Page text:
U.S. takes early advantage after Day 1 at Ryder Cup

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U.S. takes early advantage after Day 1 at Ryder Cup

MEDINAH -- Bubba Watson stood on the first tee waving his arms, urging Ryder Cup fans to make some noise.

No need. The Americans gave them more than enough reasons to cheer.

After salvaging a tie in foursomes after trailing in all four matches Friday morning, the Americans finished the first day with a 5-3 lead. Keegan Bradley and Phil Mickelson swept their matches, and Watson and Webb Simpson handily beat Paul Lawrie and Peter Hanson to give the United States a win. Dustin Johnson and Matt Kuchar then beat Justin Rose and Martin Kaymer 3-and-2.

"Oh, baby," Bradley said, "I wish I could go 36 more."

Tiger Woods and Steve Stricker were turning things around after struggling the entire day -- they lost 2-and-1 to Ian Poulter and Rose in foursomes -- but couldn't close it out, falling to Lee Westwood and Nicolas Colsaerts.

Bradley and Mickelson are frequent practice round partners, and both said repeatedly this week how much they wanted to play together. After the day they had, no way captain Davis Love III will split them up.

Bradley made one clutch putt after another, none bigger than the 25-footer uphill that clinched their 4-and-3 upset over Luke Donald and Sergio Garcia in foursomes. It was the first time the Europeans had lost in foursomes; they had been 4-0 together, and Garcia had a career record of 8-0-1. Bradley made another six birdies in the afternoon as the Americans raced out to a 4-up lead on Rory McIlroy and Graeme McDowell, Europe's top team, through eight holes.

The Europeans, McDowell in particular, didn't have the same spark in the afternoon as they did in the morning, when they held off Jim Furyk and Brandt Snedeker for a 1-up win. McIlroy cut the U.S. lead to 2-up with back-to-back birdies on 14 and 15, and stuck his tee shot on the par-3 17th. But Mickelson did him one better, putting his 7-iron to 2 feet. He raised his club in the air, and Bradley walked onto the green screaming and waving his arms at the crowd.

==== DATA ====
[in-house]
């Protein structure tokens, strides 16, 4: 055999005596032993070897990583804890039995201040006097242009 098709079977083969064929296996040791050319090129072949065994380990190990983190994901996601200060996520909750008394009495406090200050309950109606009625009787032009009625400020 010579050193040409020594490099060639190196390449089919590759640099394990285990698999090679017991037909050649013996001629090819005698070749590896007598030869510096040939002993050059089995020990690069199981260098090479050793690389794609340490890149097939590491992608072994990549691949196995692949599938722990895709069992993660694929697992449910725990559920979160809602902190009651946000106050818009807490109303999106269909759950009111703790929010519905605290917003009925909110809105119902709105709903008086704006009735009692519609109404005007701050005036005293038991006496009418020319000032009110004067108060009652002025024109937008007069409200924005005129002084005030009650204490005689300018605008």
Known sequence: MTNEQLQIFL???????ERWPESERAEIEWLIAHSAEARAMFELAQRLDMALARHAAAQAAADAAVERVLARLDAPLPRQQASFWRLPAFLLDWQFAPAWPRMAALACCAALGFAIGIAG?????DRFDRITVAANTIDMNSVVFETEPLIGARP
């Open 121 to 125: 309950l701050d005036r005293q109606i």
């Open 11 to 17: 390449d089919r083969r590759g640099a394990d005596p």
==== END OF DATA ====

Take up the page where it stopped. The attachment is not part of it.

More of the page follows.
"We were trying to claw our way back, and we played some good stuff on the way in," McIlroy said. "But Keegan and Phil were just too strong this afternoon."

So were Watson and Simpson. The duo, who won the year's first two majors, was raring to go after sitting out the morning session. Watson and his caddie waved their arms at the fans on the first tee, urging them to take it up another notch. After splitting the fairway with his drive, Watson up his driver as if to say, "Bring it."

Did they ever.

Watson and Simpson birdied seven of their first eight holes, and their lone par -- on No. 2 -- was still good enough to win the hole. When Watson made putts from inside 8 feet for birdies on Nos. 6, 7 and 8, the question wasn't if they'd win, but whether they'd do it in record fashion. The record win in an 18-hole team match is 7-and-6, accomplished twice.